by Sabrina Bruno

20180527_123207 (2)_0.jpgI designed my poster with the intent of showing that reaching happiness was possible; healing was possible. The bottom half of the poster represents the soul being trapped, surrounded by darker colors. I hoped to achieve what an individual might feel like facing a mental disorder alone. The luminescent light that surrounds the figure, represents when one is willing to take the first step in seeking the help they need.

by Emily Bai, MA - Mrs. San Francisco International 2019

Emily Bai%27s Blog Image (1)_0_0.jpgDoes this look like the face of someone who struggles with anxiety?

You never know what someone might be struggling with based on her or his appearance. Anxiety is a real issue that I fight to conquer every day. In the past, I hid behind my appearance to keep others from knowing about my war with anxiety on the inside. I no longer hide. 

by Topanga Brown

Topanga Brown (2)_0.jpgDepression and anxiety are widespread across the world. For too many, it is a difficult topic to talk about, and I know this first hand. When I was 15 and 16, I struggled with major depression and anxiety. It disrupted my school work, my athletics, and my friendships. It was embarrassing to talk about because of the stigma that is associated with the illness.

by Amy Lu, Misha Kennedy, Melanie Moy, Stella Wong, Helen Chen

I Was Here 1_1.jpg

The project that we were participating in was called the "I Was Here Project" where we and our peers (7th graders) research a topic and prepare an intervention. Then, we later reflect on what we did in a movie we made in class.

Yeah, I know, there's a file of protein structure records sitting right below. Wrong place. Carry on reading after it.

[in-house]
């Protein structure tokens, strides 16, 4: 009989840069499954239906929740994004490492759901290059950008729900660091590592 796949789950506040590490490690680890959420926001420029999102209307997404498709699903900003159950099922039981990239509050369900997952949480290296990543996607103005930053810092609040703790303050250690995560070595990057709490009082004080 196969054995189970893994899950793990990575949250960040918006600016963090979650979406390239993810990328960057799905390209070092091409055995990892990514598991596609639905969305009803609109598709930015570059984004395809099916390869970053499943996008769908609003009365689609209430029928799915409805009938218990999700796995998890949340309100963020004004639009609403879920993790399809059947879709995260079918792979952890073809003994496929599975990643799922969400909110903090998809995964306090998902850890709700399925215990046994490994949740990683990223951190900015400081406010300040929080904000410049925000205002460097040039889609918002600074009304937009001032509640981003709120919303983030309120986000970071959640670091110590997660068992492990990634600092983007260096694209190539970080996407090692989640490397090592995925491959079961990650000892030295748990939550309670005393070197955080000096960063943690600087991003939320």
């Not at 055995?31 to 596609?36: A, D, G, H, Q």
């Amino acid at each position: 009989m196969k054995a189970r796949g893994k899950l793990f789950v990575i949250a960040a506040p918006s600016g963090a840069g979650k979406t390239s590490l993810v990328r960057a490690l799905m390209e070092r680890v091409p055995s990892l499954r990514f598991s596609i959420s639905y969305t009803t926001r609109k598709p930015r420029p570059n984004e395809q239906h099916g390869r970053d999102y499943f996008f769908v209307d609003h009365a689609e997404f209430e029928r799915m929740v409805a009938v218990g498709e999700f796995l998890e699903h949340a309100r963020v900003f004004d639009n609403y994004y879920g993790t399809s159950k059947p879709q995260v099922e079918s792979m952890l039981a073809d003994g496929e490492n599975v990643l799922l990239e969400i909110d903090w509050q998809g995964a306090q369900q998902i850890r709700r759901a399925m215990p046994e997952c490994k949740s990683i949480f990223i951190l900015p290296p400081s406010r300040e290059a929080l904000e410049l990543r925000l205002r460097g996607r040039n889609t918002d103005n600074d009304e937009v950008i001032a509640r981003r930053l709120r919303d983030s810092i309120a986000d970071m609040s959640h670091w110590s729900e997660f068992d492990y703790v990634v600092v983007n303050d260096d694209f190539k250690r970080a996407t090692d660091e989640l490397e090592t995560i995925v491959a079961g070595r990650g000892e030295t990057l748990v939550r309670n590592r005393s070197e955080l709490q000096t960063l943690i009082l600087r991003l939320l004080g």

This was one of our bake sales to raise money. And yes, we spelled depression wrong in this image, but we fixed it after.

by Tony Reali

Tony Reali_0.jpgTV HOST STRUGGLED WITH POSTPARTUM ANXIETY is not a headline you expect to read from your bubbly, toothy sportscaster. Maybe it’s not one you expect to ever hear from a man. Can be. Is.
 
I love kids. I used to be one. Everybody knows me knows this above all. I wanted to be a dad since I was 5. I’m a godfather to 6 right now, all girls!
 

by Robert Surrency

Artboard_0.png

Like many people, I deal with depression and anxiety. Some episodes are minor, while others are paralyzing. Throughout all this, I am always looking for opportunities to turn these struggles into something more positive. I found some of these opportunities to be through photography and the outdoors. Both allow me to explore a creative outlet that I love while disconnecting in nature. 

by Emily Schroeder

Count On Me_0.jpgWe are a group of filmmakers at the American Film Institute. We are in the midst of fundraising a short film, “Count on Me,” which is the inspiring and emotional tale of Sam, a young boy with OCD trying to survive in a world that looks down on him for his disability.

by Tony Reali

Tony Reali_0.jpgNational Peanut Butter and Jelly Day is April 2nd. International Talk Like A Pirate Day is September 19th.  Ask a Stupid Question Day is September 28th, but there’s no such thing as a stupid question so maybe there’s no such thing as Stupid Question Day.
 

by Matthew Woods

Matthew Woods 3_0.jpegHello everyone! My name is Matthew Woods, I’m 28, and I suffer from Panic Disorder. This disease once dominated my every waking moment with excessive false alarms that sent me to the emergency rooms more times than I can remember. Something as simple as a cramp would be misconstrued by my brain as a life-ending condition, sending me into a tailspin panic attack.